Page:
A new look at the secret hoards of the ultra-rich

Remember the Panama Papers?  That was a massive leak of documents from a Panama-based law firm called Mossack Fonsecka, revealing how the world’s richest and most powerful people hid billions of collars in investments from tax collectors and the public.

Now there is another big leak—called the Paradise Papers—from century-old Bermuda-based law firm called Appleby and its Singapore affiliate.

Like the Panama Papers, the anonymous leaker sent documents to a German newspaper called Süeddeutsche Zeitung, which teamed up with the International Consortium of Investigative Journalists, the Organized Crime and Corruption Reporting Project and some of the world’s other top newspapers, and spent a year going through 13.4 million files.

Some of the highlights of what was found:

  • Queen Elizabeth II’s investment manager, the Duchy of Lancaster, invested millions of pounds in a Cayman Islands fund, whose investments included Bright House, a rent-to-own UK furniture company that charged interest rates of up to 99%
  • Secretary of Commerce Wilbur Ross, who divested himself of ownership in 80 companies to avoid conflicts of interest, kept interests in nine offshore companies.  Four of them invested in a shipping company called Navigator Holdings, which did business with a Russian energy and chemical company called Sibur, whose key owners include Vladimir Putin’s son-in-law and a Russian oligarch under U.S. sanctions.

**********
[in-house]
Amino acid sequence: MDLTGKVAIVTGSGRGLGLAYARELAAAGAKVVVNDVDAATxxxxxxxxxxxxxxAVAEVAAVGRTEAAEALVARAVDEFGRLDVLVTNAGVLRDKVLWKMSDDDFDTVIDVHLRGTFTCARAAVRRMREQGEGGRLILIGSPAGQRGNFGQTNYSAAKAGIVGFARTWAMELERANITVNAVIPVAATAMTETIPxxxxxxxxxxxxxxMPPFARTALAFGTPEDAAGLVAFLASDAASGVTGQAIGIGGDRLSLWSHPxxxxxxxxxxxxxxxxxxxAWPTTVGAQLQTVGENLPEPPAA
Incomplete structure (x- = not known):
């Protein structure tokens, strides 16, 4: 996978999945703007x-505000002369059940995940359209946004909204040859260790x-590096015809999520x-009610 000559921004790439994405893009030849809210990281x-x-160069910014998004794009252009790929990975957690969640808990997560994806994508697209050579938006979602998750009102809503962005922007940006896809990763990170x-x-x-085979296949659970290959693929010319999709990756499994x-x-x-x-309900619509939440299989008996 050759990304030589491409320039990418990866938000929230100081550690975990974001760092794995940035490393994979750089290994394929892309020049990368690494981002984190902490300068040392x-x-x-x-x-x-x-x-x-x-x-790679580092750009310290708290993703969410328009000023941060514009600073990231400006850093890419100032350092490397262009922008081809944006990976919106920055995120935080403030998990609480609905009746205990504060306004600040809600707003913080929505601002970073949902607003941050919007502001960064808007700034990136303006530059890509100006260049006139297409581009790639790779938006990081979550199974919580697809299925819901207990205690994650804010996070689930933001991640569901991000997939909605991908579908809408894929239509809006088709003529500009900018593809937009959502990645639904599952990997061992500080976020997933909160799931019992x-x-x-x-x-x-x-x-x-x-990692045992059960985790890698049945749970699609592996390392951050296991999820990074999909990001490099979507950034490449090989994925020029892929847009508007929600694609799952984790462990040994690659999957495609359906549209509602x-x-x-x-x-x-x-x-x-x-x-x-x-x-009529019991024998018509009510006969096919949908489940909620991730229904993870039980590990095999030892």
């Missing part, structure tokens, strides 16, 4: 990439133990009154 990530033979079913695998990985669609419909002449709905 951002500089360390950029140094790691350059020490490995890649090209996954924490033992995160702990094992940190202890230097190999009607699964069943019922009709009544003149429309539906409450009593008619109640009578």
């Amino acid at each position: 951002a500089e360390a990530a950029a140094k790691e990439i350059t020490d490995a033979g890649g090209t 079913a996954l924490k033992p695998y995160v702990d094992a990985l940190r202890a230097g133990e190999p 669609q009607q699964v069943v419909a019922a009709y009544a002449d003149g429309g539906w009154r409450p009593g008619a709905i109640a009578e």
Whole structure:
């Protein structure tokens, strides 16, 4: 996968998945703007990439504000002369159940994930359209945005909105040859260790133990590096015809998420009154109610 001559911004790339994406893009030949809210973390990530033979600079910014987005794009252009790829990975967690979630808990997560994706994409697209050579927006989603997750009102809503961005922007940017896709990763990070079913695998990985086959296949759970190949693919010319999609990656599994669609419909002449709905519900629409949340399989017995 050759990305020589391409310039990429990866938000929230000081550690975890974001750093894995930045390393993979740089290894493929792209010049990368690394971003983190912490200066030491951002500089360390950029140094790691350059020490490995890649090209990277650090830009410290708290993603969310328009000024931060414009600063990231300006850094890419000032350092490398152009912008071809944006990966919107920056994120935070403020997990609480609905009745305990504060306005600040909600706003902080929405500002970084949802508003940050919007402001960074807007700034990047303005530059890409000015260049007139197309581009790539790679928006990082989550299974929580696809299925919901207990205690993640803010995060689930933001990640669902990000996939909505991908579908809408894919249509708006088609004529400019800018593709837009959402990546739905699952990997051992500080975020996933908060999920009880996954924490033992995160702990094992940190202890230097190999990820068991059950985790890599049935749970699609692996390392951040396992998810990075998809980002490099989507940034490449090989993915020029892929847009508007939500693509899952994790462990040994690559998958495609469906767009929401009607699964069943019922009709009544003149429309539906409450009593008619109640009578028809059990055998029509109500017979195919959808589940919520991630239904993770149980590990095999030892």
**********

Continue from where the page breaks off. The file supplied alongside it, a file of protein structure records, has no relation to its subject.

• Stephen Bronfman, a key fund-raiser for Canadian Prime Minister Justin Trudeau, teamed up with key Liberal Party figures to evade Canadian, U.S. and Isreali taxes.

Major companies shown to do business through tax havens are Apple, Nike, Uber Barclay’s Bank, Goldman Sachs, BNP Paribas and Glencore, the world’s largest commodity trader.

None of this is, in itself, illegal.  But hidden offshore investments provide a way for criminals to launder money and for individuals, companies and governments to evade economic sanctions by the U.S. and other governments.

As several people have remarked, the worst scandals are not how the law is broken, but what can be done that is perfectly legal.

For what it’s worth, I don’t think any of this is evidence that the Russian government or Russian interests manipulated the 2016 elections in favor of Donald Trump,

Tax havens hide a huge portion of the world’s wealth from taxation and regulation.  This is a big problem for democracy.

Source: Tax Justice Network.

It is interesting that Appleby and its Estera affiliate in Singapore have so many of their branches in present or former British colonies—the Isle of Man, Jersey and Guernsey, the Cayman Islands, the British Virgin Islands, Hong Kong and Shanghai

Max Shaxton, in Treasure Islands (which I haven’t read), argued that there is the equivalent of a new British empire, linked to the City of London financial district, whose aim is to maintain British financial supremacy by offering financial secrecy.

The Tax Justice Network estimates that corporate use of tax havens costs governments as much as $500 billion a year, and individual use of tax havens costs up to $200 billion.